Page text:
3. There is no need to recycle a product that can be reused for decades, but you can use recycled materials like glass aggregate in the epoxy matrix.

Epoxy.com encourages our customers to order material as they need it and to use all their materials before their expiration. That is why we do not require large stocking orders from new dealers, like most other companies. We want our customers to use up material they buy from us and not have any for it run out of shelf life. However, if Epoxy.com products do run out of shelf life, they are typically mixed and cured before disposal as is consitered in under most if not all local regulations as inert as common trash.

You can find more information about Epoxy.com Zero (0) VOC products at: https://www.epoxy.com/zero_voc.aspx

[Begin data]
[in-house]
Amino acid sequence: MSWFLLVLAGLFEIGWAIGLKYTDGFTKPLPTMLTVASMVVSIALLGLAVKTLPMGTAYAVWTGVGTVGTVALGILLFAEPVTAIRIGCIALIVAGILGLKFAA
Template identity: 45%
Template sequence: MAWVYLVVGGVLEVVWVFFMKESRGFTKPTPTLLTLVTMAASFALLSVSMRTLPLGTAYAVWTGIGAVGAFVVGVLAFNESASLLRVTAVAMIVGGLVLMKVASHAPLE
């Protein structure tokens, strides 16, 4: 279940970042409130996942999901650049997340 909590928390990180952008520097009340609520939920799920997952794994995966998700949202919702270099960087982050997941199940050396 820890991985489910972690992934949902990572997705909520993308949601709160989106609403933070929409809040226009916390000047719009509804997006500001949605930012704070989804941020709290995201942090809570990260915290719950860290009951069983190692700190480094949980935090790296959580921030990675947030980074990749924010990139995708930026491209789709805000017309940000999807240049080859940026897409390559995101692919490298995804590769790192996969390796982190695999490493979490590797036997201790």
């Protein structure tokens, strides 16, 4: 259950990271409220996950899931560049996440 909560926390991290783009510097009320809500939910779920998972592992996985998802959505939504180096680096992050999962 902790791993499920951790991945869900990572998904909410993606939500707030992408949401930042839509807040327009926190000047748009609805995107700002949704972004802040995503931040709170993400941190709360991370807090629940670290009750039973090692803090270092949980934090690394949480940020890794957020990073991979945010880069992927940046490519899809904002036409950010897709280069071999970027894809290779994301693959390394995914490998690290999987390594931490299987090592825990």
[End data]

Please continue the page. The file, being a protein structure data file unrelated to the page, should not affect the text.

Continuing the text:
www.epoxy.com – Epoxy.com Home Page.

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Epoxy.com Epoxy Material Calculators

June 20, 2012

Epoxy.com calculators are designed for busy professional estimators who wants to quickly and accurately calculate the amount of epoxy or epoxy like material for their job.

Epoxy Coating Spread Rate Calculator shows how much 100% solids epoxy coating  you will need for your installation.

Epoxy Dowel  Bar and Anchor Bolt Adhesive Calculator shows the amount of epoxy adhesive you will need to install dowel bars into concrete or wood.

Epoxy Stone Overlay Calculator figures the amount of epoxy adhesive resin your will need to do an epoxy stone overlay.

Epoxy Table Top Resin Calculator  figures the amount of epoxy table top resin you will need to do a table or bar top.

Epoxy Tile Grout Calculator is used to calculate the amount of epoxy tile grout that you need for a specific tile size and joint spacing.

Electrical Epoxy Calculator is used to calculate the amount of epoxy you will need to encapsulate electrical components.